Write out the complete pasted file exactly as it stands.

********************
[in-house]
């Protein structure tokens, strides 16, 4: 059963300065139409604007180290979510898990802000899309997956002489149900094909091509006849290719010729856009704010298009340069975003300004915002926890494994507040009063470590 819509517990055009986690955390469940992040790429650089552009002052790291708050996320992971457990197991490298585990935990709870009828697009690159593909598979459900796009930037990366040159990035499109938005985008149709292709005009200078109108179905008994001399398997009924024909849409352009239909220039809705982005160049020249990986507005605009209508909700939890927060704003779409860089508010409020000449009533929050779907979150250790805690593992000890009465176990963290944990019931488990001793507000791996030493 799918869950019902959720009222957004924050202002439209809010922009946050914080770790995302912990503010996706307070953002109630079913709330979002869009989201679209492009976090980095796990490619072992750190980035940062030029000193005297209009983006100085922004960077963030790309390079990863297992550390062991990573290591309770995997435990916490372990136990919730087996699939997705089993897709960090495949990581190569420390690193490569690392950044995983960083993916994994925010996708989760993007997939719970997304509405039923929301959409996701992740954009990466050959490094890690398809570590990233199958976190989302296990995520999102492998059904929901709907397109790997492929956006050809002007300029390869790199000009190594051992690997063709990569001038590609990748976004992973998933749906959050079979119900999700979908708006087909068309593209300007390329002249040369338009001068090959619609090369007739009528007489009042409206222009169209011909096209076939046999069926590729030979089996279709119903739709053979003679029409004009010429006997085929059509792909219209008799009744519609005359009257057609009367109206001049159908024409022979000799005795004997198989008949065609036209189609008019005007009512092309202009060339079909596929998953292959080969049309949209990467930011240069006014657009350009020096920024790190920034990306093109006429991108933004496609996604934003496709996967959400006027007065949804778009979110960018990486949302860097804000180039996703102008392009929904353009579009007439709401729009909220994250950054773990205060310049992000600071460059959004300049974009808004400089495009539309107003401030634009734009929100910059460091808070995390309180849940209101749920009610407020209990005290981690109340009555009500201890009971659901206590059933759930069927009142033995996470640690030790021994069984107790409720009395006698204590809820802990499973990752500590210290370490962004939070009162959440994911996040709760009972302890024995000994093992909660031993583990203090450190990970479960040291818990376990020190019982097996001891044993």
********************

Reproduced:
[in-house]
């Protein structure tokens, strides 16, 4: 059963300065139409604007180290979510898990802000899309997956002489149900094909091509006849290719010729856009704010298009340069975003300004915002926890494994507040009063470590 819509517990055009986690955390469940992040790429650089552009002052790291708050996320992971457990197991490298585990935990709870009828697009690159593909598979459900796009930037990366040159990035499109938005985008149709292709005009200078109108179905008994001399398997009924024909849409352009239909220039809705982005160049020249990986507005605009209508909700939890927060704003779409860089508010409020000449009533929050779907979150250790805690593992000890009465176990963290944990019931488990001793507000791996030493 799918869950019902959720009222957004924050202002439209809010922009946050914080770790995302912990503010996706307070953002109630079913709330979002869009989201679209492009976090980095796990490619072992750190980035940062030029000193005297209009983006100085922004960077963030790309390079990863297992550390062991990573290591309770995997435990916490372990136990919730087996699939997705089993897709960090495949990581190569420390690193490569690392950044995983960083993916994994925010996708989760993007997939719970997304509405039923929301959409996701992740954009990466050959490094890690398809570590990233199958976190989302296990995520999102492998059904929901709907397109790997492929956006050809002007300029390869790199000009190594051992690997063709990569001038590609990748976004992973998933749906959050079979119900999700979908708006087909068309593209300007390329002249040369338009001068090959619609090369007739009528007489009042409206222009169209011909096209076939046999069926590729030979089996279709119903739709053979003679029409004009010429006997085929059509792909219209008799009744519609005359009257057609009367109206001049159908024409022979000799005795004997198989008949065609036209189609008019005007009512092309202009060339079909596929998953292959080969049309949209990467930011240069006014657009350009020096920024790190920034990306093109006429991108933004496609996604934003496709996967959400006027007065949804778009979110960018990486949302860097804000180039996703102008392009929904353009579009007439709401729009909220994250950054773990205060310049992000600071460059959004300049974009808004400089495009539309107003401030634009734009929100910059460091808070995390309180849940209101749920009610407020209990005290981690109340009555009500201890009971659901206590059933759930069927009142033995996470640690030790021994069984107790409720009395006698204590809820802990499973990752500590210290370490962004939070009162959440994911996040709760009972302890024995000994093992909660031993583990203090450190990970479960040291818990376990020190019982097996001891044993």